Inclusion Criteria: 

  • Subject must have an acute (symptom onset to diagnosis within 2 weeks) or 
  • Subacute, complicated type B aortic dissection 
  • Proximal and distal aortic neck with diameter between 19 mm and 42 mm. 
Exclusion Criteria: 

  • Diagnosis of traumatic injury or transection of the descending thoracic aorta. 
  • Significant stenosis, calcification, thrombus, or tortuosity of intended fixation sites that would compromise fixation or seal of the device. 
  • Planned coverage of left carotid or celiac arteries; or anatomic variants that would compromise circulation to the carotid, vertebral, or innominate arteries after device placement, which is not amenable to subclavian revascularization. 
  • Prior endovascular or surgical repair in the descending thoracic aorta.

Malaisrie, S Chris ChrisMalaisrie, S Chris Chris
  • Map it 201 E. Huron St.
    Chicago, IL
NCT03033043 STU00204570
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For more information on this study please contact us:

Brady, Caitlin
AAA Geometric Surrogates
An Abdominal Aortic Aneurysm (AAA) is a balloon-like expansion of the aorta, the large artery that transports blood from the heart to the rest of the body, in the abdominal area just below the kidneys. As part of routine monitoring care for patients diagnosed with AAA, at lea…
An Abdominal Aortic Aneurysm (AAA) is a balloon-like expansion of the aorta, the large artery that transports blood from the heart to the rest of the body, in the abdominal area just below the kidneys. As part of routine monitoring care for patients diagnosed with AAA, at least semi-annual evaluations are performed using imaging methods such as a computed tomography (CT) scan. Magnetic Resonance Imaging (MRI) is another method of creating pictures of the same vessels seen on a CT scan. MRI is a method for producing extremely detailed pictures of blood vessels without the need for x-rays. Radio waves, along with the magnetic field of a large magnet within the MRI machine, are used to make the pictures. MR images are used to detect and aid in the diagnosis of heart disorders and blood vessel diseases. For the purpose of this research, along with the routine CT scan, an additional scan called a ECG-gated MRI exam will be performed. This MRI exam does not involve any contrast, a dye used to make tissues, abnormalities or diseases processes more visible. This one-time MRI exam will be performed prior to anticipated elective AAA repair or during the course of periodic surveillance for AAA. This research study plans to enroll approximately 200 study participants at approximately 3 sites, including approximately 100 people at Northwestern.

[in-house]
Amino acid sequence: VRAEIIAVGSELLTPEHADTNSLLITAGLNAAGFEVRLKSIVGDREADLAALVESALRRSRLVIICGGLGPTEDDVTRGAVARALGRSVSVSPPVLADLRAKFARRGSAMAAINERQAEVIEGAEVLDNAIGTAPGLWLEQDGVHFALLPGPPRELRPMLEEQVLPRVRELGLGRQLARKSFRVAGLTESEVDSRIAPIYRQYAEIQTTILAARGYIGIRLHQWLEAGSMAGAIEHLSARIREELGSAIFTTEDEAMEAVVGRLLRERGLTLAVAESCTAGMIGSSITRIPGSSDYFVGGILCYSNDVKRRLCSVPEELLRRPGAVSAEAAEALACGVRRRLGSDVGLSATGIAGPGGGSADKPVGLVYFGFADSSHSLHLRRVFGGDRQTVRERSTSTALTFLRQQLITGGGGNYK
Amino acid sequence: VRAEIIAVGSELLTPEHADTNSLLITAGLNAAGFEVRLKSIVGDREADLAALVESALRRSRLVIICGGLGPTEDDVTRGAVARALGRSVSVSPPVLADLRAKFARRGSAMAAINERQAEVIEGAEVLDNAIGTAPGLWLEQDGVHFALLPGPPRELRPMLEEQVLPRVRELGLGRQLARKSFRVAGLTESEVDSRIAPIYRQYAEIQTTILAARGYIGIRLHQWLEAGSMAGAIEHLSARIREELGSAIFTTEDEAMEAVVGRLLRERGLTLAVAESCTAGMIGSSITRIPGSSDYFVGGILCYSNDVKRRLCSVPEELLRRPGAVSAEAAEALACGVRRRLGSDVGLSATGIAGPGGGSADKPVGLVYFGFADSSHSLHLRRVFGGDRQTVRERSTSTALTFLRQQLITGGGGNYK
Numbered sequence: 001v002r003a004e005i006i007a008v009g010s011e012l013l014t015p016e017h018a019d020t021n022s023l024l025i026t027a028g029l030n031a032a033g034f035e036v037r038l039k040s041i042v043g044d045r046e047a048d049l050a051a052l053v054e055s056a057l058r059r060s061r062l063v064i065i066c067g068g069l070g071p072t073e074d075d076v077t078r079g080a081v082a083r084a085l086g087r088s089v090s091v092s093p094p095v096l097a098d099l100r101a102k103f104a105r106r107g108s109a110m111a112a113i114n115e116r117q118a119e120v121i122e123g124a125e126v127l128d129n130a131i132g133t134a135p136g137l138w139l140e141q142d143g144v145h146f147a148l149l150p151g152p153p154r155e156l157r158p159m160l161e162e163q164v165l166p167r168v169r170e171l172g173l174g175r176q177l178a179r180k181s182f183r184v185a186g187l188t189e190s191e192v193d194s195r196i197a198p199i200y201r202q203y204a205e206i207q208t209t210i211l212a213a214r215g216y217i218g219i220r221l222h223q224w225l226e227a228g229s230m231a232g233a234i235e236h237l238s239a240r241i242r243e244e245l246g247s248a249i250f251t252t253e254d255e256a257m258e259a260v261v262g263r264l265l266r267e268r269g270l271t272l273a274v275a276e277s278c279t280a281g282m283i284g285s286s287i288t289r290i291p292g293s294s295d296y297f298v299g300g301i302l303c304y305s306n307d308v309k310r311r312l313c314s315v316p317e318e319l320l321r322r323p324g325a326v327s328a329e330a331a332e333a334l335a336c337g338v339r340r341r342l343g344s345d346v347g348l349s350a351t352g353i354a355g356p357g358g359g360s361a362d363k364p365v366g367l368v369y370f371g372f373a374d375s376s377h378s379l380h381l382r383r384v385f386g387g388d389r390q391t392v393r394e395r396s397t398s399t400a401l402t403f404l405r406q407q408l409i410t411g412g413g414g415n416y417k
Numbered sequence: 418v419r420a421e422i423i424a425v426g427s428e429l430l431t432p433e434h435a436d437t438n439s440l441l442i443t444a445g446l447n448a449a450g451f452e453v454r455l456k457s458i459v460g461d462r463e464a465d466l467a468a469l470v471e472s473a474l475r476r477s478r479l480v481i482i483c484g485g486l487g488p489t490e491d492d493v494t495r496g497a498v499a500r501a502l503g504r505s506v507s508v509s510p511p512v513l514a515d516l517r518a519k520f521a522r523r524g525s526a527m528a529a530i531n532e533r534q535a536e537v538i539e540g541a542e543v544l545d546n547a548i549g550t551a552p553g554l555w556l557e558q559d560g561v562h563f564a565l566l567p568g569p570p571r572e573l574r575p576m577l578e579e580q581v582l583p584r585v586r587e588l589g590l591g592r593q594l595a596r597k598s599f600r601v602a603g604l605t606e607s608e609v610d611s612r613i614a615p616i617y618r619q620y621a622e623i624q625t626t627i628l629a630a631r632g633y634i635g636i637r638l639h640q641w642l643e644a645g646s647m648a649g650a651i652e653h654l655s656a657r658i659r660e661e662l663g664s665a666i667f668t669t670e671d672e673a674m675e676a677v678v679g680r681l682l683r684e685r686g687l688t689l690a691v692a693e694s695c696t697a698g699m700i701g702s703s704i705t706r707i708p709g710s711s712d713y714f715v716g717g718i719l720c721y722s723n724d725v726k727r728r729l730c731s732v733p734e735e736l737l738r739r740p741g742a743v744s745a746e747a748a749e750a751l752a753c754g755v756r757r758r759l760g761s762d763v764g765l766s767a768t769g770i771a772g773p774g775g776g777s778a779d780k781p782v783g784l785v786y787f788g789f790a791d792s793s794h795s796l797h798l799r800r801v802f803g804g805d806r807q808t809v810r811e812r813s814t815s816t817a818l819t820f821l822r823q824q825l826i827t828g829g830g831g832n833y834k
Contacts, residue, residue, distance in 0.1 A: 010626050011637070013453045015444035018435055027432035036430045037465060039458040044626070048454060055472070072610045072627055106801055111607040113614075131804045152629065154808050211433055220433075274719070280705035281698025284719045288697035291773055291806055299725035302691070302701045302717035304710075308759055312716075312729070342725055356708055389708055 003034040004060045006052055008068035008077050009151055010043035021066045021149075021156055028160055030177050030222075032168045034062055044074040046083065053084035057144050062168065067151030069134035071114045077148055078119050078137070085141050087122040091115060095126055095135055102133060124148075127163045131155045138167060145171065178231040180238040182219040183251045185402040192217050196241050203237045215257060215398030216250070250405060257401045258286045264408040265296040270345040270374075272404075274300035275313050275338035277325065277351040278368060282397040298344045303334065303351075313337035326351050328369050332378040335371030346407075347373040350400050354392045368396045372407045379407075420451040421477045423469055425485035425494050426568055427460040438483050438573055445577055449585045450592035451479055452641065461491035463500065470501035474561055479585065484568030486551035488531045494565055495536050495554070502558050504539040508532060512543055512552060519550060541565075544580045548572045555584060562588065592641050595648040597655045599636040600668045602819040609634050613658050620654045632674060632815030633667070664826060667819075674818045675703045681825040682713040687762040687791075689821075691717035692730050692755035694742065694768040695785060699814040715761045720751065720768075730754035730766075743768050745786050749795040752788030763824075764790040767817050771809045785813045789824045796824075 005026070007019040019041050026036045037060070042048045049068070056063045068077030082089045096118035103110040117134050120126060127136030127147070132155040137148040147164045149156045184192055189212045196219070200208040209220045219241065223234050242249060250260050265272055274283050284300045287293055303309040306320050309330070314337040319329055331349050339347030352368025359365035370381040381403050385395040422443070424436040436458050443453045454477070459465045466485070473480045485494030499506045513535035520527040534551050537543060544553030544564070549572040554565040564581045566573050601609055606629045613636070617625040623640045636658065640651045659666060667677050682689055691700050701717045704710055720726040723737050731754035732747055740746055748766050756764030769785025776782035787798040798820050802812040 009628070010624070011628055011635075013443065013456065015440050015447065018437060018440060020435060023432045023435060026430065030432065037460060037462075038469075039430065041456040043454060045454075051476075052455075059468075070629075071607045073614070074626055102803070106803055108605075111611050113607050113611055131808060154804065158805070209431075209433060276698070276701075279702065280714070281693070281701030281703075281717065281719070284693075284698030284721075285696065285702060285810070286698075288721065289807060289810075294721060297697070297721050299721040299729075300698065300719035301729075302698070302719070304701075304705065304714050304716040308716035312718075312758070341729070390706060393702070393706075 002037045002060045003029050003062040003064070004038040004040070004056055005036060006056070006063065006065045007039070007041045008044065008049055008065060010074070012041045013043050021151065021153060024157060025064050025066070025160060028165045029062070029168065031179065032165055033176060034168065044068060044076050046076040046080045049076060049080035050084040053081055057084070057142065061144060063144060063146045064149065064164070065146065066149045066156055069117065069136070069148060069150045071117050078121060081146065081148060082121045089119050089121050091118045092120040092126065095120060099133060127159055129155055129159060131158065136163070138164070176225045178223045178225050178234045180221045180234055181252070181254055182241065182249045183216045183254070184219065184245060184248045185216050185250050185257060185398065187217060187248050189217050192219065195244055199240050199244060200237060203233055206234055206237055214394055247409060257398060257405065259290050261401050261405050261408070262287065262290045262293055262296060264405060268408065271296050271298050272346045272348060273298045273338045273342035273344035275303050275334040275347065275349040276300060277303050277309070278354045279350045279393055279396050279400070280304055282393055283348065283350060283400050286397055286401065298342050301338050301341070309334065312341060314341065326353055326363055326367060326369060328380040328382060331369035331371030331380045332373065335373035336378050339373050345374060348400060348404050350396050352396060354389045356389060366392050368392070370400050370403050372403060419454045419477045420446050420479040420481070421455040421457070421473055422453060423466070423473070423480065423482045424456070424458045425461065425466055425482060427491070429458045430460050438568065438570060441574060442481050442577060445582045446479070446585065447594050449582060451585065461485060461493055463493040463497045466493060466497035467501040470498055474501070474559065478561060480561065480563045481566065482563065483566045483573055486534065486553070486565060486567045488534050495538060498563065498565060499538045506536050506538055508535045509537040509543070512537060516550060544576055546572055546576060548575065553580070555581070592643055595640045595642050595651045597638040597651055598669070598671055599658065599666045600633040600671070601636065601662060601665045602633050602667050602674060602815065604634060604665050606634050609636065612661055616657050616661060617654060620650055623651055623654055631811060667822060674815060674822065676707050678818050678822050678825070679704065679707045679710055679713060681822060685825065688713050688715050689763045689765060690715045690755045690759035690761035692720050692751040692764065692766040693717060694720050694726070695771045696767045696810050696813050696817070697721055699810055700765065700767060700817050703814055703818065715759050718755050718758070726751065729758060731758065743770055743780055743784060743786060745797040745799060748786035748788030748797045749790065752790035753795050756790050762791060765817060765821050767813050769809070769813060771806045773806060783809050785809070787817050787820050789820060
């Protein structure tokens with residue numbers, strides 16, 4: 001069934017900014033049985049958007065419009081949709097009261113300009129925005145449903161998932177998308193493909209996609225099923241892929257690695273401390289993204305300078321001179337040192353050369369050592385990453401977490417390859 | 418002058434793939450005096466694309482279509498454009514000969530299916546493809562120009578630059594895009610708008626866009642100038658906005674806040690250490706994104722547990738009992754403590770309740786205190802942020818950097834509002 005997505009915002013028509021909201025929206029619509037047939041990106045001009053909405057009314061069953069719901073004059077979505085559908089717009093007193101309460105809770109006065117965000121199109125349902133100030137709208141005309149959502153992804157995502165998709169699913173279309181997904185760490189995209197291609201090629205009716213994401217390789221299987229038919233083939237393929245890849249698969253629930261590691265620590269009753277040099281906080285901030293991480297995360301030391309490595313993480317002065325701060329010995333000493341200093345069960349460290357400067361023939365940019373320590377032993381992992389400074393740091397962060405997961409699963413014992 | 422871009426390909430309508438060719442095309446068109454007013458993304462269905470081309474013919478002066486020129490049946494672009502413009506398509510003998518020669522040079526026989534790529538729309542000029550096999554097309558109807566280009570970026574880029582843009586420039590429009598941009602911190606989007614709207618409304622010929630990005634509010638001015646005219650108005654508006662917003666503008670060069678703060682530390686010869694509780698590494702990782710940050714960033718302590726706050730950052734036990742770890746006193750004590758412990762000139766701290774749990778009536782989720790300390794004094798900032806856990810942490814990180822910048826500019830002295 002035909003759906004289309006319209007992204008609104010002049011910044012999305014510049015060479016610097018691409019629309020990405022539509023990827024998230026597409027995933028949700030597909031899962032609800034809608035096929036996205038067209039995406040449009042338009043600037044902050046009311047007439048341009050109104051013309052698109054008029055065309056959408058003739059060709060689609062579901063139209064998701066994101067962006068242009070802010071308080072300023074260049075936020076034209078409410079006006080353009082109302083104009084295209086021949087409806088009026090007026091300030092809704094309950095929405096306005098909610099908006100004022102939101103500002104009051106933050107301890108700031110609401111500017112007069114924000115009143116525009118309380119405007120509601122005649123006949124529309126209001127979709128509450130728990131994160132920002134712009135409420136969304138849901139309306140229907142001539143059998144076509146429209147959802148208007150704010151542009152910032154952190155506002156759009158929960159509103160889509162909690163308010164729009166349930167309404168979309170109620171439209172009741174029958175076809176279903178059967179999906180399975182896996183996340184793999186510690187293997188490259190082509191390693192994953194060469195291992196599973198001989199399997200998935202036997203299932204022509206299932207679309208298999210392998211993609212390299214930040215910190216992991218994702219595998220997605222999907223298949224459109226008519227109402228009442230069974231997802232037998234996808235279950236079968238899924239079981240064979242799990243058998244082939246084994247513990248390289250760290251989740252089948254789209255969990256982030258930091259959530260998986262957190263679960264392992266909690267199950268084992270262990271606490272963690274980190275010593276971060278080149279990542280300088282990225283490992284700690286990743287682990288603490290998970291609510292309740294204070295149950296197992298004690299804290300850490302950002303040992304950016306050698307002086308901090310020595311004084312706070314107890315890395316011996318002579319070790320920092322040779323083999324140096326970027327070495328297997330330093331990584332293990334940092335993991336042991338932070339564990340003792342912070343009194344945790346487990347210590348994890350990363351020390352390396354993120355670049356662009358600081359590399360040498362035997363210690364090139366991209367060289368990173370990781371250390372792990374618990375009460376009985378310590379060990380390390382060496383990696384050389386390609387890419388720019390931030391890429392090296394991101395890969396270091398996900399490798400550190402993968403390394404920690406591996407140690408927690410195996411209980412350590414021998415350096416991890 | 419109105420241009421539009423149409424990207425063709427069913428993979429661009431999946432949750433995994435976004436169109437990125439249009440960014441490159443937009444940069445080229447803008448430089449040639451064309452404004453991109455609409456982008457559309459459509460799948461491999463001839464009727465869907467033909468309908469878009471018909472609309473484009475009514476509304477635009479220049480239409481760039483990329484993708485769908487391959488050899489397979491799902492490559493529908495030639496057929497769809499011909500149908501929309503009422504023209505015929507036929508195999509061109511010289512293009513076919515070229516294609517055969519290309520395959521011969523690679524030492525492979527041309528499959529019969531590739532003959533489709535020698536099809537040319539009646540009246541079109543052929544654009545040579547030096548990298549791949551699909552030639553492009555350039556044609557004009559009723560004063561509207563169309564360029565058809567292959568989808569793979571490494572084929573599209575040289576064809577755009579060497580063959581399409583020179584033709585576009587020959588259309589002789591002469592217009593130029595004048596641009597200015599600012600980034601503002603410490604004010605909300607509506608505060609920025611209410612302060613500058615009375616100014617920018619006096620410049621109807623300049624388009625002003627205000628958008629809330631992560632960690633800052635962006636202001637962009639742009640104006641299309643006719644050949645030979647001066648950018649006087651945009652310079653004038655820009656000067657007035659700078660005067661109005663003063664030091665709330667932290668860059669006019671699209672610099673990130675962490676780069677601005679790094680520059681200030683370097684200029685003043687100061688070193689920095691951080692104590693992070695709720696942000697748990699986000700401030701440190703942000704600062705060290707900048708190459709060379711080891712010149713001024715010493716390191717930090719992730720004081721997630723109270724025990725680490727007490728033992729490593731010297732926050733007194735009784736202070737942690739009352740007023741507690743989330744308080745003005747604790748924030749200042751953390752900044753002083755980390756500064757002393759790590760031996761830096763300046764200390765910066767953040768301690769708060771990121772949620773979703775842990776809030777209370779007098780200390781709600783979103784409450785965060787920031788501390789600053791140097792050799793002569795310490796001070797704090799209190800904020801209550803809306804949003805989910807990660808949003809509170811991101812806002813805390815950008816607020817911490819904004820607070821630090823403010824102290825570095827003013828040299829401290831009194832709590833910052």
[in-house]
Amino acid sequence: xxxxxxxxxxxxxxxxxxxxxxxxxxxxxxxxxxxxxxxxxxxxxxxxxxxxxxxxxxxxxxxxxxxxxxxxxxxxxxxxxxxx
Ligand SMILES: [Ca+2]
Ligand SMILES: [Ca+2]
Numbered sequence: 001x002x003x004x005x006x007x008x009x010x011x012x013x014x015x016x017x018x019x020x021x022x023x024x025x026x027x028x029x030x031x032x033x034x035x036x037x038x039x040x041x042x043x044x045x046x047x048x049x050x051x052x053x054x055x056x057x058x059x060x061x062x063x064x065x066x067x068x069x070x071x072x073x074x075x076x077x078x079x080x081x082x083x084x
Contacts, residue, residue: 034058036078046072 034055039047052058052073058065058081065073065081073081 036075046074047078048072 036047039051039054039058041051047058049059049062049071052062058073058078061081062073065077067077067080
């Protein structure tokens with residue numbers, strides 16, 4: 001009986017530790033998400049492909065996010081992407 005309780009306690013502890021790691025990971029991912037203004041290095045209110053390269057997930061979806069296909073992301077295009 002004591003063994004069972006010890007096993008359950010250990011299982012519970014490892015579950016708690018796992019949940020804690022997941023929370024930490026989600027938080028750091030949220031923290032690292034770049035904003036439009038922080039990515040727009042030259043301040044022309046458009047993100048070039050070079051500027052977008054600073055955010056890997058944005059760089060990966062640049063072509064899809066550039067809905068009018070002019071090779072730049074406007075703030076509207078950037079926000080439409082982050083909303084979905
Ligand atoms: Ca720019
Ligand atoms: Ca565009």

Participants may be eligible for this study if they have been diagnosed with an Abdominal Aortic Aneurysm and either have been recommended to undergo elective repair or are currently under periodic surveillance for AAA.
Eskandari, MarkEskandari, Mark
  • Map it 201 E. Huron St.
    Chicago, IL
STU00205143
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For more information on this study please contact us:

Reinkensmeyer, Alexandra